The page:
As I got older, she let me practice more and more but towards the final stages, she always took over and sadly I did not get to show her that I could make Starch from start to finish by myself. My mum being a Yoruba woman was definitely not amused with the process (don’t blame her), so it wasn’t even something she could teach me. I learnt how to make starch on my own. Years of watching it made, plus plenty of practice, half of which were disasters, fine tuned my skills and I can make it successfully now, but with a little Caveat. For not more than 2 adults. The arm cardio involved to feed a group of people is way more than my tiny arms can produce. What I would advise for anyone reading this who truly wants to make it is to be prepared to turn out not so great batches, but once you get it, you get it. Your first trial may be a mess, I must confess the first pot I made when I wanted to blog about this went straight to the bin. I hadn’t made starch since I cooked The Edo Black soup (recipe HERE), plus I wasn’t paying attention, so I binned it. The next batch of which you will see the pictures below, turn out perfect. Here’s how
You will need
Water Palm Oil
Now, for the starch, if you live in Nigeria, yay for you. You can buy the edible starch in local markets. If you live abroad, a close alternatives are Farina (potato starch) and Cassava Starch. They both come under different brand names. You can find them sold in Asian and African Stores.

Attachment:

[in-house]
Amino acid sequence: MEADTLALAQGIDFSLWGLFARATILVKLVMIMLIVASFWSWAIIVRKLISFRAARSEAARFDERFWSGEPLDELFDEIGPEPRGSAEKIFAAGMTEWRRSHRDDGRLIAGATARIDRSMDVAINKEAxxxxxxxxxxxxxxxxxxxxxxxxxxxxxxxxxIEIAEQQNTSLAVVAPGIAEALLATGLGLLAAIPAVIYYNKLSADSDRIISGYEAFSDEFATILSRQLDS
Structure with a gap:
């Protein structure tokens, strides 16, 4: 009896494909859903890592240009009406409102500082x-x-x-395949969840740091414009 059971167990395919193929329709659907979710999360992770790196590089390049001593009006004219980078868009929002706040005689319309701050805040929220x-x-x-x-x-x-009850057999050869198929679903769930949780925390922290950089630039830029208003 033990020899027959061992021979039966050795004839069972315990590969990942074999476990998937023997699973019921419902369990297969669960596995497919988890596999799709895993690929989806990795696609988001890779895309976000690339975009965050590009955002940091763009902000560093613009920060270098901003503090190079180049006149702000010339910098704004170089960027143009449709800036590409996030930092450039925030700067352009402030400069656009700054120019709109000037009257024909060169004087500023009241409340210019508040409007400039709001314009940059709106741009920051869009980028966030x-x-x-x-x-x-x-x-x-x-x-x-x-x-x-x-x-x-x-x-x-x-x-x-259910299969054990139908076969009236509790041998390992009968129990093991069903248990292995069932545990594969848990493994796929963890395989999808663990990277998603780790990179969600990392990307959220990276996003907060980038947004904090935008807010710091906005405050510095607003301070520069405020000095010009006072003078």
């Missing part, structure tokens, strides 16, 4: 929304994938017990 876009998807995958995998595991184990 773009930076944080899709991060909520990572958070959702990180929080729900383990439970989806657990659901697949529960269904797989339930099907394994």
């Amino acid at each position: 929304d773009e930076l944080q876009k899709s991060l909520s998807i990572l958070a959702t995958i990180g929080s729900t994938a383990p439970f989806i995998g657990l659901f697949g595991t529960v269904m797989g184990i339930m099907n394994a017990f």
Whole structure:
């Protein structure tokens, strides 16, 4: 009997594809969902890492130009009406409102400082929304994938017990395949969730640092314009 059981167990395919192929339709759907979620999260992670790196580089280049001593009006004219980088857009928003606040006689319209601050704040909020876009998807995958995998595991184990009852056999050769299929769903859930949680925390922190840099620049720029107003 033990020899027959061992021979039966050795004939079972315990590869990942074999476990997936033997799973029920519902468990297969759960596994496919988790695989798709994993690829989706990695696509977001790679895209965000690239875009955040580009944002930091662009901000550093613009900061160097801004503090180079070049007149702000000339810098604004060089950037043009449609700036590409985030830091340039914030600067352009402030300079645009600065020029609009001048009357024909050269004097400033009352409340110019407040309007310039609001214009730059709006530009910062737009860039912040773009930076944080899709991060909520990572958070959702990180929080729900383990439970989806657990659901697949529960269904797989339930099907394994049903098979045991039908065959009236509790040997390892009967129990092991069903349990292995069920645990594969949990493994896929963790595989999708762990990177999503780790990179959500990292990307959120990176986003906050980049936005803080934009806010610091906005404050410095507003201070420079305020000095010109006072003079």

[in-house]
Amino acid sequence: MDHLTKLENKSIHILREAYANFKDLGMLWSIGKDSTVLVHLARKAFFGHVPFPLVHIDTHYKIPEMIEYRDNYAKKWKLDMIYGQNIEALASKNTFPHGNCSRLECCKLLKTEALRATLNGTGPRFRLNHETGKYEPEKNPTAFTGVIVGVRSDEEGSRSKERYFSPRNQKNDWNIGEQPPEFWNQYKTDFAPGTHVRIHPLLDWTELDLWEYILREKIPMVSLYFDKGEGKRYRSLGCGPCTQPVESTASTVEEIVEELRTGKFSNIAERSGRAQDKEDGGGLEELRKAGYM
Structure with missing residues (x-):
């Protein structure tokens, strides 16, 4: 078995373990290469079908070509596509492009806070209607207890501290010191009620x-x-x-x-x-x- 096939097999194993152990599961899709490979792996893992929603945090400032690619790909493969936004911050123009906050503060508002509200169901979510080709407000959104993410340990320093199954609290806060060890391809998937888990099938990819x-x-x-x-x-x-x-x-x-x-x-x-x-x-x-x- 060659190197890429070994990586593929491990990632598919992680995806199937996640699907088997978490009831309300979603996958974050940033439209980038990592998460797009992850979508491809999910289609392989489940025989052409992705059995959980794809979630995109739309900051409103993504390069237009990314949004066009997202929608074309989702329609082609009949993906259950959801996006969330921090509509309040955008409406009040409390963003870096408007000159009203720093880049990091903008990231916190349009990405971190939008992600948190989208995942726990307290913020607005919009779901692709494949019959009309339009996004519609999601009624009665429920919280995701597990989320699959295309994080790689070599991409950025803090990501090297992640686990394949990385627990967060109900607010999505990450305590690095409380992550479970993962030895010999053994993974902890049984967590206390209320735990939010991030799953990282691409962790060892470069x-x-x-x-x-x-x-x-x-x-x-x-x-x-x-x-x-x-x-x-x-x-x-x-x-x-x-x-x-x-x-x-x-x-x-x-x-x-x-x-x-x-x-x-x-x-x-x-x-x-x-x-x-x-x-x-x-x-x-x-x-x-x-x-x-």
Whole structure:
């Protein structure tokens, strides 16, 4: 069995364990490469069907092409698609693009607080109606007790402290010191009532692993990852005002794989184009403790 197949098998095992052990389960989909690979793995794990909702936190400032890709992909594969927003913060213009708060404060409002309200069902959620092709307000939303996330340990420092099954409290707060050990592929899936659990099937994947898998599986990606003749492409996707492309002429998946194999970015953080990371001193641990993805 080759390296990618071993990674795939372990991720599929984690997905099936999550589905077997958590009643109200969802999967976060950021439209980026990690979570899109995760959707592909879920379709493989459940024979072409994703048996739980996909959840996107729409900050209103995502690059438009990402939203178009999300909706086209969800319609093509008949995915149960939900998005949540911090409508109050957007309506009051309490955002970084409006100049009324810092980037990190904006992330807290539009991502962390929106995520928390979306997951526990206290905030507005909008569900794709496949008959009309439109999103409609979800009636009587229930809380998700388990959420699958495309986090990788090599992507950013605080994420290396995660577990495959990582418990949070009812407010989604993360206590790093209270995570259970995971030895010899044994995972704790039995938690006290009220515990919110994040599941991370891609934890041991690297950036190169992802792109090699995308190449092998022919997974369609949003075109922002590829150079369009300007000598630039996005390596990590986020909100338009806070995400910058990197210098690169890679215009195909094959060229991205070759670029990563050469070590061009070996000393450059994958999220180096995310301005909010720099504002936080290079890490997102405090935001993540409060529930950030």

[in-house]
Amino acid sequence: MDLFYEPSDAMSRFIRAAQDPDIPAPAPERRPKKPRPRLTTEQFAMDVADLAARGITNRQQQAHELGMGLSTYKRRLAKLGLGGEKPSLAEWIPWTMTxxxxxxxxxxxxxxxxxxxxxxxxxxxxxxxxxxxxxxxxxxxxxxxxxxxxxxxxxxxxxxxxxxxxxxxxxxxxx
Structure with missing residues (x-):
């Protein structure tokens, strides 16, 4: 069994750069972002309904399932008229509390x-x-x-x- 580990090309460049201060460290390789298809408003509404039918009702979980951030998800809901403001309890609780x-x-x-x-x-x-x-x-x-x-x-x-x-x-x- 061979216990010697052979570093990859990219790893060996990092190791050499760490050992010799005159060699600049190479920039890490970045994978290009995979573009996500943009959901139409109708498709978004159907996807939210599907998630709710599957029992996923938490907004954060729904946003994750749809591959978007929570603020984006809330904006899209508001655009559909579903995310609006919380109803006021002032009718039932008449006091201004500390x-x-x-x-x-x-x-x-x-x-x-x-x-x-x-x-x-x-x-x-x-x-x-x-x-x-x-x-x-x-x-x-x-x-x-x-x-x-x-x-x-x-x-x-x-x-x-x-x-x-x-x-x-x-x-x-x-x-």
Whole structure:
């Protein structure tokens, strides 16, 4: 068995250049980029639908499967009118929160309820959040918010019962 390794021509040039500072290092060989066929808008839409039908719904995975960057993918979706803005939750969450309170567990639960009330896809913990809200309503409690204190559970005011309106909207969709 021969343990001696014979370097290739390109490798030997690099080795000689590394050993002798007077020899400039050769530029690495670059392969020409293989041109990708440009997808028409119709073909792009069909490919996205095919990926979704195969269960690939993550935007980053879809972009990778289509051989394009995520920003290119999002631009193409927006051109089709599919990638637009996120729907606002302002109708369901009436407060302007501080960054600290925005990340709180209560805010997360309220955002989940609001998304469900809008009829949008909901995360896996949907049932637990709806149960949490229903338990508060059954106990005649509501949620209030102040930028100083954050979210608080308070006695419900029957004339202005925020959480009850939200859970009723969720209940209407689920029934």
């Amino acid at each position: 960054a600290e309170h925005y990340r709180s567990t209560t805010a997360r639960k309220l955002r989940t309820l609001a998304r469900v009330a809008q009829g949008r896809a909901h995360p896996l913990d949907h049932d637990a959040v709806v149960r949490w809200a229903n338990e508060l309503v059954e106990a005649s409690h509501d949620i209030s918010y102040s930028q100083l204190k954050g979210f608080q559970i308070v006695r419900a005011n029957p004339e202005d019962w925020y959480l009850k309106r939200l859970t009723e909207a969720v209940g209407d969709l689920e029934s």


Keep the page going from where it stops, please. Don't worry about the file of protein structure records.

1. Pour out the starch into a bowl
2. Add water to the starch until it forms a liquid solution. Dooney’s Kitchen Tip: now, the volume of water you add will be based on experience. My grandma always made the solution thick, but that has never worked for me. The lumps develop too fast for me and it spirals out of control, and starch is one solid that is not salvageable. I make my solution quite watery and it gives me better control. It may take slightly longer, but that is nothing compared to how frustrated you will be, plus annoyed when you have to bin it.
3. Add the liquid solution to a pot, and splash in some palm oil and start with the heat on low to medium. Just a little. The palm oil is what gives it its signature light orange/yellow colour. Dooney’s Kitchen Tip: you only need a little. About a tablespoon or even less, depending on how much you are making. About the heat being on low to medium, as I mentioned earlier, after going through so many unsuccessful attempts, I had to tweak the process to find what suited me better i.e. gave me more control. With the heat on low to medium, the starch doesn’t solidify too fast for you to handle.